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Just a Norman Day

I got to bed later than intended on Friday night, but when the alarm went off at 6 AM on Saturday morning, it didn’t take a single doggy kiss on my face to squash the urge to hit the snooze button and hop right out of bed. It was Norman‘s Attic day. Run by Episcopal Church in the center of Arlington, VT,  Norman‘s Attic is an annual combination tag sale/flea market/craft fair comprised of 50 to 75 vendors.

An early sale turned the rest of my day into profit, as the first customer of the day, a visitor from Virginia enjoying his annual holiday, picked out a painting and some cards. We chatted about his neck of the woods and mine. A little later an old friend stopped by to see how my husband was doing after recent car accident (he’s ok). Another out-of-towner bought some notecards and prints, and we talked about her trips from Florida to New England. All through the day,  passing friends stopped to catch up on the summer news, and, as the day wore on, I remembered why I love doing the markets in Arlington. 

The markets offer the chances to sell artwork, but for vendors and customers alike, even for out-of-towners, it’s a chance to see and be seen and to connect. I was still thinking about the warm glow of connection when my phone popped up the notification of the news from El Paso, TX.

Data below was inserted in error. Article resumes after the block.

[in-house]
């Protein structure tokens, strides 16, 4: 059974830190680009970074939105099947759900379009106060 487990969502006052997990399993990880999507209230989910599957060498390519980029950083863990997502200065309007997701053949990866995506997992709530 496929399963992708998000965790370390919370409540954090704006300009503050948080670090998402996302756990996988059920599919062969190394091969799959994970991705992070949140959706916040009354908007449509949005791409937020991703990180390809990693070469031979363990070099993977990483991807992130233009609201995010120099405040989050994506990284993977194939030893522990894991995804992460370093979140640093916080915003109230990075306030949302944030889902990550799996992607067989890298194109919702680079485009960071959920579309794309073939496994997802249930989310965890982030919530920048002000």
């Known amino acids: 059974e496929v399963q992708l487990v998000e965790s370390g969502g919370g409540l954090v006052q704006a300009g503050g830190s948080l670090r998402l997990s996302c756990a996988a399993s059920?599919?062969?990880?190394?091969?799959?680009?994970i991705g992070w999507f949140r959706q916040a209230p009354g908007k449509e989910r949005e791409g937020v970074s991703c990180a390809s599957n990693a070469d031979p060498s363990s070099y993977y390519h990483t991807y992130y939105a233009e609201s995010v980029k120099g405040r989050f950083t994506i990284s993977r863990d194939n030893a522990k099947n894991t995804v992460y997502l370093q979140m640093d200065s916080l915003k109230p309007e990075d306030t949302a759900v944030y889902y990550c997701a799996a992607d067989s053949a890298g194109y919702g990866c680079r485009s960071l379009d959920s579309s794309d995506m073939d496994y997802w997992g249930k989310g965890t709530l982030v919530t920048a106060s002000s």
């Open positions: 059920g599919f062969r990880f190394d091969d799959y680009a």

I was on the way to the grocery store and dinner with the Big Guy and the kids and decided to keep the news to myself until this morning. There was, after all, nothing I could do to change anything at that moment. The next notification popped up announcing another slaughter in Dayton, Ohio as we walked to the car to drive home. Again, I kept the news to myself, but, as we drove, I wondered what could be done? What can  any of us do?

Just as with the massacre in California a week ago, the victims in El Paso, Texas and Dayton, Ohio were going about their daily lives when someone who had disconnected himself from society did what we once thought of as the unthinkable. I don’t know enough about the gun laws currently on the box or the types of guns available to make any productive arguments about gun control, but I do know a little bit about disconnection. I see it every day.

I teach girls who have become disconnected from themselves and from society because of abuse and mental illness. While they are disconnected, they act out in ways that hurt themselves and people around them. It takes time, but when people reach out to these girls and engage them, when they begin to rebuild connections, the acting out begins to disappear. 

This morning as I thought about the hideous acts happening in public places, my first instinct was to consider abandoning public spaces until they are safer. Abandoning the places, however, it means abandoning the people in them. It means disconnecting from them, and, I know that more disconnection is not a part of any solution.